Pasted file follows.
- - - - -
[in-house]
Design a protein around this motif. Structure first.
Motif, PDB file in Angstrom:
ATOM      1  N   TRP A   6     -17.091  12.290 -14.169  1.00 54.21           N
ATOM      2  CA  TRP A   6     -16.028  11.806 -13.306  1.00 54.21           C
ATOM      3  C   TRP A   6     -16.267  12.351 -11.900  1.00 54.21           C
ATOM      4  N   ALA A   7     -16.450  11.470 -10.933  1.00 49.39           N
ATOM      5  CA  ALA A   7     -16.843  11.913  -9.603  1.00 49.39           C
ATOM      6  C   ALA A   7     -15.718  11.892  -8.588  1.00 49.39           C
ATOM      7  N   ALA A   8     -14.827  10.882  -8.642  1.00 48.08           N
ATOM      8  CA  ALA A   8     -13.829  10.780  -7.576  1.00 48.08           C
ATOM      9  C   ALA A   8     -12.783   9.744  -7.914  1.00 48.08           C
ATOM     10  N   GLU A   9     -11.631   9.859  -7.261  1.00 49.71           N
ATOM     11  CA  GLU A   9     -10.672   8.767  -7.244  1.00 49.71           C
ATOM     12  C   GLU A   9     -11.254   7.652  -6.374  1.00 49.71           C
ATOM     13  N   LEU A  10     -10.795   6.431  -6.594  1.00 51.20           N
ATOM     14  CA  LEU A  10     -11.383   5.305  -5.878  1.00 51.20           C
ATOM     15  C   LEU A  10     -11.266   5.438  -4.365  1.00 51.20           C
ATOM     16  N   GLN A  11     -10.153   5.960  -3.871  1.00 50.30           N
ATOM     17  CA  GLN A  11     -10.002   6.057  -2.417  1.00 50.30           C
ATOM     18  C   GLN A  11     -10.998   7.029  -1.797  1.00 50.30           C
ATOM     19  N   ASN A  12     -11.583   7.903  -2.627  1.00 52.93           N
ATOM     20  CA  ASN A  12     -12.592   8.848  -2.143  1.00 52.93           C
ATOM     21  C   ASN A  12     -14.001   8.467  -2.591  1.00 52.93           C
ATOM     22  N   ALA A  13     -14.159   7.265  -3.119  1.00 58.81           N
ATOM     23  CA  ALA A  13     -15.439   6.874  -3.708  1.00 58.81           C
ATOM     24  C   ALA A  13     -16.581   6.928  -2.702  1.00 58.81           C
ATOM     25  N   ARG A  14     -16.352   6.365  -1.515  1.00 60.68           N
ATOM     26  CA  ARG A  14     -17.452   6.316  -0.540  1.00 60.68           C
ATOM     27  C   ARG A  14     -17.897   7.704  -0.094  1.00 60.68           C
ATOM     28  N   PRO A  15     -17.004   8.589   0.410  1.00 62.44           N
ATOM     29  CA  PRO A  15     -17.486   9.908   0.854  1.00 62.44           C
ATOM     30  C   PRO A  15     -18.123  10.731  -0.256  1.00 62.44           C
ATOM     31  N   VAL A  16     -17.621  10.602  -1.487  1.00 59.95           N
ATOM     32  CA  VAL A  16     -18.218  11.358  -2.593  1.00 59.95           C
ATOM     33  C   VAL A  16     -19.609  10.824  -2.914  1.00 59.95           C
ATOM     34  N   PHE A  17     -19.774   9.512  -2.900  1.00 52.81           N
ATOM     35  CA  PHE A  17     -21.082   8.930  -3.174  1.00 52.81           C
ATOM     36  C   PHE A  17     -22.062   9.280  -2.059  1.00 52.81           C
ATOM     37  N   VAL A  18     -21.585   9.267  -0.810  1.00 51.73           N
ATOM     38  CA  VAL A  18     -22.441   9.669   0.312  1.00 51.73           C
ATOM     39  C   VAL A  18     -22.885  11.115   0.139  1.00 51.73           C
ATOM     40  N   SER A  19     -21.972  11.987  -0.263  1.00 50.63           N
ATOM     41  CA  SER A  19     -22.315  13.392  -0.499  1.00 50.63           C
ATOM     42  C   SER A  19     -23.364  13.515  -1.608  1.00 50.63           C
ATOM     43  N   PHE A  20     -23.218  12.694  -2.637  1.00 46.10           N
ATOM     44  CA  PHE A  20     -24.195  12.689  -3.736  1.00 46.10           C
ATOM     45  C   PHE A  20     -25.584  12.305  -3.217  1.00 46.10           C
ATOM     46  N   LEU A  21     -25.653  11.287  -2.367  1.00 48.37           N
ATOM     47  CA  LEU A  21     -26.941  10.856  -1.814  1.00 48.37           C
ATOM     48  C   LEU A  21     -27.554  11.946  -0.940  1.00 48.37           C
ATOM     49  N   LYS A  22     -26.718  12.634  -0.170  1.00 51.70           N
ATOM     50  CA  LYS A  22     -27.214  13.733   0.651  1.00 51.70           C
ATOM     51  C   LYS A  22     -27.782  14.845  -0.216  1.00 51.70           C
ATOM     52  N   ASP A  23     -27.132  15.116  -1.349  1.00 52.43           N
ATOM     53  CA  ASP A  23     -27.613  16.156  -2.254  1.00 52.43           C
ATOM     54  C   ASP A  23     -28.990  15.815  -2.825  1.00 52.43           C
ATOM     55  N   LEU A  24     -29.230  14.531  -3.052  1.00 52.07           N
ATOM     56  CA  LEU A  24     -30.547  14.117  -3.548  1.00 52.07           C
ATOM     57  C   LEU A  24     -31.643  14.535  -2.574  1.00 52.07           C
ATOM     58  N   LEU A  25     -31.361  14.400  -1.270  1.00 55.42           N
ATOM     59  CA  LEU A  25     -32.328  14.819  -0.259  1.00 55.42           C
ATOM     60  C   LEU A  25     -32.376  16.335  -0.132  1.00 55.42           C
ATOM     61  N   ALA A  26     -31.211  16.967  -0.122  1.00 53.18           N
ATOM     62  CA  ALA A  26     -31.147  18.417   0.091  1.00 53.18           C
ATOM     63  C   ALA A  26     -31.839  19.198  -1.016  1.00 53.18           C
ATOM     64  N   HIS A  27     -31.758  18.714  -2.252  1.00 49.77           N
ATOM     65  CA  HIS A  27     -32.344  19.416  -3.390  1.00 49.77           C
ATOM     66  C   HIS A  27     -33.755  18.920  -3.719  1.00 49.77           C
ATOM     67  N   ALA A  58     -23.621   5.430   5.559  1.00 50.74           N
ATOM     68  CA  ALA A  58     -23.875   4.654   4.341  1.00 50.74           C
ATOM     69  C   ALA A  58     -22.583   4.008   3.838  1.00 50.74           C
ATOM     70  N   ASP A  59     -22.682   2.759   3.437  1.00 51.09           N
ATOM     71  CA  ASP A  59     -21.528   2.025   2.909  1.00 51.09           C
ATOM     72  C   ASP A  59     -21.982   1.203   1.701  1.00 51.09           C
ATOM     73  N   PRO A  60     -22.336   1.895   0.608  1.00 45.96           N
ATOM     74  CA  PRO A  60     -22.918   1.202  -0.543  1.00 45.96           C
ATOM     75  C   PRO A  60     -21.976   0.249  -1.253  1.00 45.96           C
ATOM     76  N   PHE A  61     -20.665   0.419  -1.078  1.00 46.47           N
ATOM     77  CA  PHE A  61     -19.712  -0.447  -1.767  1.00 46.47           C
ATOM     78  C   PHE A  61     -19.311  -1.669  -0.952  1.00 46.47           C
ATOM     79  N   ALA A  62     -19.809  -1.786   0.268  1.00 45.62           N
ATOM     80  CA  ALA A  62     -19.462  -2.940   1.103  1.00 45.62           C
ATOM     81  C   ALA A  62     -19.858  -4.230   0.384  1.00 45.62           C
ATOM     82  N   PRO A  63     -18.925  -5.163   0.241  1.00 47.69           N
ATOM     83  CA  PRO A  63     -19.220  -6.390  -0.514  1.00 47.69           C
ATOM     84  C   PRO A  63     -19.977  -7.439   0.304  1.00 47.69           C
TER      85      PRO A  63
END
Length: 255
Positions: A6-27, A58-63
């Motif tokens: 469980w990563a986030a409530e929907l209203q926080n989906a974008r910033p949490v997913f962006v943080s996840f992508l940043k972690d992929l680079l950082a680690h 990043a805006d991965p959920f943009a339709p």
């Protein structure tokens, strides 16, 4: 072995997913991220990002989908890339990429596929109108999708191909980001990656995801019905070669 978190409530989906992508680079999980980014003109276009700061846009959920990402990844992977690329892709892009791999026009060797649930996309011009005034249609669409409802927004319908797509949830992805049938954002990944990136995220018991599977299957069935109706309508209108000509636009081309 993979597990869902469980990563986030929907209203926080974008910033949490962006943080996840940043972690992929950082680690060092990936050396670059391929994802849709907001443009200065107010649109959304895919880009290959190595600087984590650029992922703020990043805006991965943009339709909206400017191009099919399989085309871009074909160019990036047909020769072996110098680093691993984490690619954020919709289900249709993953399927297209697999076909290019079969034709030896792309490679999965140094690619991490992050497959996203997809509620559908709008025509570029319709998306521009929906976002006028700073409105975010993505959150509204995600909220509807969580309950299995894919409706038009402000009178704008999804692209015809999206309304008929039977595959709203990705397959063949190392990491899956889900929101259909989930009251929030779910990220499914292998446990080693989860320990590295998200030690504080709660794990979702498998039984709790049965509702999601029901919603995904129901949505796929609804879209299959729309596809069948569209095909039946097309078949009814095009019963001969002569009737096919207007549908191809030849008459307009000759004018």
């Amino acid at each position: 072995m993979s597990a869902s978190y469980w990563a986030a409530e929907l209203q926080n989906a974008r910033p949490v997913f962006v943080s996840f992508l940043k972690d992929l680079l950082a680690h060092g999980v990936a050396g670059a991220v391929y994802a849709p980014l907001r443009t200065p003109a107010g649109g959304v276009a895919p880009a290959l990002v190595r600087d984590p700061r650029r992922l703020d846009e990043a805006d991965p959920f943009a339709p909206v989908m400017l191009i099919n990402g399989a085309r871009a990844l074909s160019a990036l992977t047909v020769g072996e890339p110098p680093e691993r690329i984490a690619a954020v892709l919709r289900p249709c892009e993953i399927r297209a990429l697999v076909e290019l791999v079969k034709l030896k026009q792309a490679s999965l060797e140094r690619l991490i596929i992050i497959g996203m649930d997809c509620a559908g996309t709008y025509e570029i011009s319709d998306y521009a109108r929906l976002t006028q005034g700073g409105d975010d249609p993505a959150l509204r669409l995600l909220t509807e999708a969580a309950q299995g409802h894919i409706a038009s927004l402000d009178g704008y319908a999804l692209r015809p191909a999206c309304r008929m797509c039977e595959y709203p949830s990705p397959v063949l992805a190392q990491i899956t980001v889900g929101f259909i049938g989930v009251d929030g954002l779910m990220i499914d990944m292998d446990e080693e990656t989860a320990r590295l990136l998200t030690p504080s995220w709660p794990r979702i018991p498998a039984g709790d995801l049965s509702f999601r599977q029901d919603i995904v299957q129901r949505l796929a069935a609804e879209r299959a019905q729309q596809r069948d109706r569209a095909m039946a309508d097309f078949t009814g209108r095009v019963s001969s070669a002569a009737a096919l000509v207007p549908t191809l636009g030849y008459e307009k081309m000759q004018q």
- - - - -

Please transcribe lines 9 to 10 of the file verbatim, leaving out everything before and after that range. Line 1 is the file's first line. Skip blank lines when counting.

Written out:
ATOM      6  C   ALA A   7     -15.718  11.892  -8.588  1.00 49.39           C
ATOM      7  N   ALA A   8     -14.827  10.882  -8.642  1.00 48.08           N